by Jen Jenkins
When this fascinating article by surgeon and public-health researcher Atul Gawande made an appearance in the New Yorker, it posed a very interesting question: Does healthcare need a makeover similar to what casual-dining, big-chain restaurants have done? Gawande juxtaposes the medical and restaurant industries, using the Cheesecake Factory as an example. Although, for obvious reasons, the two industries are incredibly different, they both still seek a similar goal of delivering “a range of services to millions of people at a reasonable cost and with a consistent level of quality.”
The format of medicine delivery in America is changing. Instead of community-based hospitals, there are now large conglomerates formed between hospitals and clinics; physicians who were once self-employed or working in small private-practice settings are now predominantly joining said conglomerates. In Gawande’s comparison to the big-chain restaurant industry, health systems have turned into chains and physicians have become employees. Hospitals and medical groups used to pose mainly as landlords. Now, due to health-care reforms, they have taken a radical interest in how physicians conduct their business. Why? Clinical performance is becoming linked to financial rewards and can mean the difference between hospitals keeping or losing tens of millions of dollars. Unfortunately, this shift has not necessarily meant an improvement in the way healthcare is delivered on a mass scale.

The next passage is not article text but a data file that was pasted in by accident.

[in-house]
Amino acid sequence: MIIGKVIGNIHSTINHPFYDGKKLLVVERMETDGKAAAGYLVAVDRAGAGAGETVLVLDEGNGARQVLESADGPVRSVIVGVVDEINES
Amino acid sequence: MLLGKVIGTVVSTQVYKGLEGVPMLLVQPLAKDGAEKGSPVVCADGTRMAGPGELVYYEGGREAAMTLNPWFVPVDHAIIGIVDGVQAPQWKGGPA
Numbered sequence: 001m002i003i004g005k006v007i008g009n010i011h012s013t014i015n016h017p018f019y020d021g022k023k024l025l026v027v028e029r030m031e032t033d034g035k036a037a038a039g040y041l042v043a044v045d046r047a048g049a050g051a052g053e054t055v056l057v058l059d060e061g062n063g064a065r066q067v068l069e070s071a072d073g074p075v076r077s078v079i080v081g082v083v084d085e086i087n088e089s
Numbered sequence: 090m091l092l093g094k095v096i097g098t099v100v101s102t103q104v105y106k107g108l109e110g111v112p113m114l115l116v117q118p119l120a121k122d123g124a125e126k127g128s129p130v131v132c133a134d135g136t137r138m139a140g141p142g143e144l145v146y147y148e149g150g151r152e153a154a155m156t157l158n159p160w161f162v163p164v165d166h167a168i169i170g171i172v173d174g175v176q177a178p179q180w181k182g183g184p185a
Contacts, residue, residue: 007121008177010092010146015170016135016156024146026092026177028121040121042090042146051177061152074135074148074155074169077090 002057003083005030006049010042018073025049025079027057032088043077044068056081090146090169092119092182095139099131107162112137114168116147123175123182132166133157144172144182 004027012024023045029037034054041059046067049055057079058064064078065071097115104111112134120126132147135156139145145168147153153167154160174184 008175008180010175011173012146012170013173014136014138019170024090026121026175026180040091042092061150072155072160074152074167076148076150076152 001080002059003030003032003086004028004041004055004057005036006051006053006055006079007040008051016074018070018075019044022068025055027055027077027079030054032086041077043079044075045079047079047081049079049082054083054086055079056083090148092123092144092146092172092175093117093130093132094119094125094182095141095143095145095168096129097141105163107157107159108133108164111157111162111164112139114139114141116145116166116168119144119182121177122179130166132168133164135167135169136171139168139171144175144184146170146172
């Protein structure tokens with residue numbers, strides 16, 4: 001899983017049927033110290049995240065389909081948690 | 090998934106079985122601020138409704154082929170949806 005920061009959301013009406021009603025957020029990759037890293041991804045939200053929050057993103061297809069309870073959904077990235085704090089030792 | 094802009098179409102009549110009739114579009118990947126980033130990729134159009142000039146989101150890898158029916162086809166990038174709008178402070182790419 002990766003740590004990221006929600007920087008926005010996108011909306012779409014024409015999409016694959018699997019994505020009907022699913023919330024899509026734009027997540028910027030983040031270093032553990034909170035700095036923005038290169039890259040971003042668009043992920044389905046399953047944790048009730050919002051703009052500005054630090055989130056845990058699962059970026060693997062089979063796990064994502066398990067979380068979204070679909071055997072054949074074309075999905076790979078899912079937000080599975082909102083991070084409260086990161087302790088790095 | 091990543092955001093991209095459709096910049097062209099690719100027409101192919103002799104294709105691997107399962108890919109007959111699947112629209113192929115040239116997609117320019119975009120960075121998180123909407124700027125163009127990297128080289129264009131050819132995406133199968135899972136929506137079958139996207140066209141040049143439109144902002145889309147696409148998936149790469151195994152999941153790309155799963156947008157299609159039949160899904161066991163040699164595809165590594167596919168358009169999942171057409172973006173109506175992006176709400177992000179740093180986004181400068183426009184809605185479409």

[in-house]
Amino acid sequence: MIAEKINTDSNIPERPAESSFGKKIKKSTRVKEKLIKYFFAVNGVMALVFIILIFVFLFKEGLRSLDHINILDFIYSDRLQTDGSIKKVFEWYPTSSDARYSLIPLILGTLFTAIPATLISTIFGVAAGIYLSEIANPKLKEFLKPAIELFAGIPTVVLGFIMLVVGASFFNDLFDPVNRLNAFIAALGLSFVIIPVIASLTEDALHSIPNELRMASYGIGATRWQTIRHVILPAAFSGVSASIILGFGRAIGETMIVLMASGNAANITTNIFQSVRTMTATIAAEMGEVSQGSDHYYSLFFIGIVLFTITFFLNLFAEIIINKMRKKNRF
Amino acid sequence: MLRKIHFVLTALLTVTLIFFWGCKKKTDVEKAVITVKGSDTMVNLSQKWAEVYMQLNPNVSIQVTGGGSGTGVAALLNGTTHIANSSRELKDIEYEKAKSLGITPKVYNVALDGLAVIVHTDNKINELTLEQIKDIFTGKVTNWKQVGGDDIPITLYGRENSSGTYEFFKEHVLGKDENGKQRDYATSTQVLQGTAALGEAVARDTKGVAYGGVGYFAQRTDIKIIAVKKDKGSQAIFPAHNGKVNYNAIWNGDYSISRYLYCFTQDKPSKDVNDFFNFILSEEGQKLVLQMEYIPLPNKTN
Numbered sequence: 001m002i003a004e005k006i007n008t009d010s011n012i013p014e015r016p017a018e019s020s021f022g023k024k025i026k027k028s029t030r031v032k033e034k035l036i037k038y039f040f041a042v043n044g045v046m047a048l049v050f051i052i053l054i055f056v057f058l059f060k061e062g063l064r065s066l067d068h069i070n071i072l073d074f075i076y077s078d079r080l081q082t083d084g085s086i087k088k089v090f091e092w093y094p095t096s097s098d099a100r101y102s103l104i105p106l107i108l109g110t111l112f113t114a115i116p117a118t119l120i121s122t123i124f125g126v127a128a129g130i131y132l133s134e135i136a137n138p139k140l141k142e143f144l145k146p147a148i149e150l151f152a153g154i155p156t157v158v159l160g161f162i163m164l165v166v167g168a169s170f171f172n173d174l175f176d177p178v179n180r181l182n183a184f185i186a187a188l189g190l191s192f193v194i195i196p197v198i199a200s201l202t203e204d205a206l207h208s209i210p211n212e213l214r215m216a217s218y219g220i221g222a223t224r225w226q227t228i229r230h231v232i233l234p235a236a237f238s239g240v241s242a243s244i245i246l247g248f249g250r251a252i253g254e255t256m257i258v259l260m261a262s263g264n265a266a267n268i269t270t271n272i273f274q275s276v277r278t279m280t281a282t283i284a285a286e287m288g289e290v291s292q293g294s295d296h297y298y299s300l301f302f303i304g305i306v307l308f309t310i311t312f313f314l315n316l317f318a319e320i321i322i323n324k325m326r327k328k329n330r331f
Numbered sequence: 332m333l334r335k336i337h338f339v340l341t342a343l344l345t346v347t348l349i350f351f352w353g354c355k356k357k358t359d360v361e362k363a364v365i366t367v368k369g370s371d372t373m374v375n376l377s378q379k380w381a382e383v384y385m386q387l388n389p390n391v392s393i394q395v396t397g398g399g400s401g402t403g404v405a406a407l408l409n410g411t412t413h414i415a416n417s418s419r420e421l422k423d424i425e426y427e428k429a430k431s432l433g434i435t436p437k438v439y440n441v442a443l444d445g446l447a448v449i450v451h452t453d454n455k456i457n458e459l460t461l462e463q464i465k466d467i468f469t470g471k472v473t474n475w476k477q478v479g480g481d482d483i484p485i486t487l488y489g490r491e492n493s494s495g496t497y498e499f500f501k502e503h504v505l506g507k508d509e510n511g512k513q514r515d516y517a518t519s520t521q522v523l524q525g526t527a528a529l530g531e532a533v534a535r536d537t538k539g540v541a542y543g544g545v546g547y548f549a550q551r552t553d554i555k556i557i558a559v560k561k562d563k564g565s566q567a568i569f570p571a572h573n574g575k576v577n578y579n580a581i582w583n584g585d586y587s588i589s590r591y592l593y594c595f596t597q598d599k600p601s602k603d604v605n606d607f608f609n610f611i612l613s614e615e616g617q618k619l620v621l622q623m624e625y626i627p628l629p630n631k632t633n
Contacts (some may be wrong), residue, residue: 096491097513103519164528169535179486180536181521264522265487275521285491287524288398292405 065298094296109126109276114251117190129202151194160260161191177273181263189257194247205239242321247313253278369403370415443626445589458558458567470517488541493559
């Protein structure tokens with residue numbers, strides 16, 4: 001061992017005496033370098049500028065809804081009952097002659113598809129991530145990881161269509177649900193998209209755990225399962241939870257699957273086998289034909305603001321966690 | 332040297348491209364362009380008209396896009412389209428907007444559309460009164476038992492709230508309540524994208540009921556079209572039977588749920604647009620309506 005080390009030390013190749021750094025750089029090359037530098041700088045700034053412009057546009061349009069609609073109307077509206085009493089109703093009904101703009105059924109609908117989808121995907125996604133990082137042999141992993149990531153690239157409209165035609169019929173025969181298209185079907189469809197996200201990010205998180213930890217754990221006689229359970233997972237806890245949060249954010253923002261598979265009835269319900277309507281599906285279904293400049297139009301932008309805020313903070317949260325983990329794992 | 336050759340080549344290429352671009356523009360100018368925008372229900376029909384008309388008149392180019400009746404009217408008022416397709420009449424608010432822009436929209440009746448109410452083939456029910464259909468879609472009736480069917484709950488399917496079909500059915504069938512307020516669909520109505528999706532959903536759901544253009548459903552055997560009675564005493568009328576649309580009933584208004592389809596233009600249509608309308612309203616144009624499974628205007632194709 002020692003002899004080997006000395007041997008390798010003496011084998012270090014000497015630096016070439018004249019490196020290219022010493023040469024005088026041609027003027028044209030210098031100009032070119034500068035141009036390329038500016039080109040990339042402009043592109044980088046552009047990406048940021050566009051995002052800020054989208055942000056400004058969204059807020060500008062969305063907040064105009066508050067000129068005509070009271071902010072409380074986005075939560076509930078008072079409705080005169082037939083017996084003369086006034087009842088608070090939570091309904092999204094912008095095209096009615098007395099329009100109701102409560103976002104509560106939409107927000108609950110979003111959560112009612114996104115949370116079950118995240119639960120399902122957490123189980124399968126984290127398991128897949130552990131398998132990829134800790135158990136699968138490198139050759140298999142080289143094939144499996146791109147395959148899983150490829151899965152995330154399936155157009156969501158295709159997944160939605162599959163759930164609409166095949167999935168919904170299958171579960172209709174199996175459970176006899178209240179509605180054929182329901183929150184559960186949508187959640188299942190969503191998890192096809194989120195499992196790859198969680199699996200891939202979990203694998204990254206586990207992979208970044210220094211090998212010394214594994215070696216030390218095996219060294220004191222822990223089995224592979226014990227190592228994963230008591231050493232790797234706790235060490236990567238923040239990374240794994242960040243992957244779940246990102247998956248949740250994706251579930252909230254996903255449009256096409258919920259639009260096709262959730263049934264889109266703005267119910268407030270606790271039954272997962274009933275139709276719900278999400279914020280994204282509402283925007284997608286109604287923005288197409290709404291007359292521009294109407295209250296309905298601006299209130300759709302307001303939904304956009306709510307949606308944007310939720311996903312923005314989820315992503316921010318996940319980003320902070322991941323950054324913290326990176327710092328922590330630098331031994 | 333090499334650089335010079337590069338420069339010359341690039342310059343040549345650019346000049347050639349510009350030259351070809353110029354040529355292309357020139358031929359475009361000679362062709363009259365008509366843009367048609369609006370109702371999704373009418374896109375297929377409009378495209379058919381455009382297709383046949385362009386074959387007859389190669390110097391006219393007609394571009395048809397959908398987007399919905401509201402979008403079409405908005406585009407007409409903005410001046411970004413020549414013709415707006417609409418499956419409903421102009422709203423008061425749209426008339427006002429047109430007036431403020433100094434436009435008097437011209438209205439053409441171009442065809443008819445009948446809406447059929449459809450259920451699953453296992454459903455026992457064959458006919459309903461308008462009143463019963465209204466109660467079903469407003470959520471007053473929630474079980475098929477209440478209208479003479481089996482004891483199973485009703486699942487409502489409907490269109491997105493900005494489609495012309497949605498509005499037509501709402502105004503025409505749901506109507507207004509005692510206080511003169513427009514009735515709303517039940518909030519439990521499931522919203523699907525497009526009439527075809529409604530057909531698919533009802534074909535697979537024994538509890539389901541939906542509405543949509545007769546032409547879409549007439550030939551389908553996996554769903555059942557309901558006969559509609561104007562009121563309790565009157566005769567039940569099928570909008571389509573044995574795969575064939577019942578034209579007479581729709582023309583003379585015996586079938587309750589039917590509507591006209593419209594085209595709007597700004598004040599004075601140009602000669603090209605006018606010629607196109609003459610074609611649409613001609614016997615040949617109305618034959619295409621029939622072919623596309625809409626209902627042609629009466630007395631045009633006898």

“Good medicine cannot be reduced to a recipe”
In the article, Dr. Gawande does a spectacular job of bringing a typical Cheesecake Factory kitchen to life. You feel as if you are there as he describes the different roles, the precision, and the necessary steps to bring a food order from the menu, to plate, to table. Also fascinating is the forecasting models he describes. In order to have an almost psychic-worthy accuracy for purchasing groceries to avoid spoilage and food waste, chain restaurants have developed forecasting models using computer analytics. “Chain production requires control, and they’d figured out how to achieve it on a mass scale.” The medical industry, although it has taken on a similar format, has had a difficult time finding a way to obtain similar control and have it trickle down.
Dr. John Wright is among those attempting to inspire change. Following something very similar to this “Cheesecake Factory model” as Dr. Gawande calls it, Dr. Wright began researching what the best people in the industry are doing and how, then he standardized it. Now he is attempting to get the rest of the industry to follow suit. Unlike the Cheesecake Factory, there are certainly many more components that must be woven in and, when exercised, it is much more difficult to persuade clinicians to follow a standardized plan, whereas restaurant employees do it without question. To articulate this process, Dr. Gawande shares a story of his mother’s knee replacement and working with Dr. Wright’s team, who did exactly as what is described above; something called “systematic care.” The results were outstanding in the case of Dr. Gawande’s mother, all due to having someone (Dr. Wright) responsible for the total experience of care, including the costs and the results.
There will always be those who are skeptical of change, yet slow transformation seems almost unavoidable. Dr. Gawande believes that reinventing medical care could produce hundreds of innovations; most significantly, a way to put someone in charge of overseeing the healthcare process from start to finish and ensuring that it is “coherent, coordinated, and affordable.” The Cheesecake Factory model is a very interesting one and, according to Gawande, possibly the best prospect for change in medicine.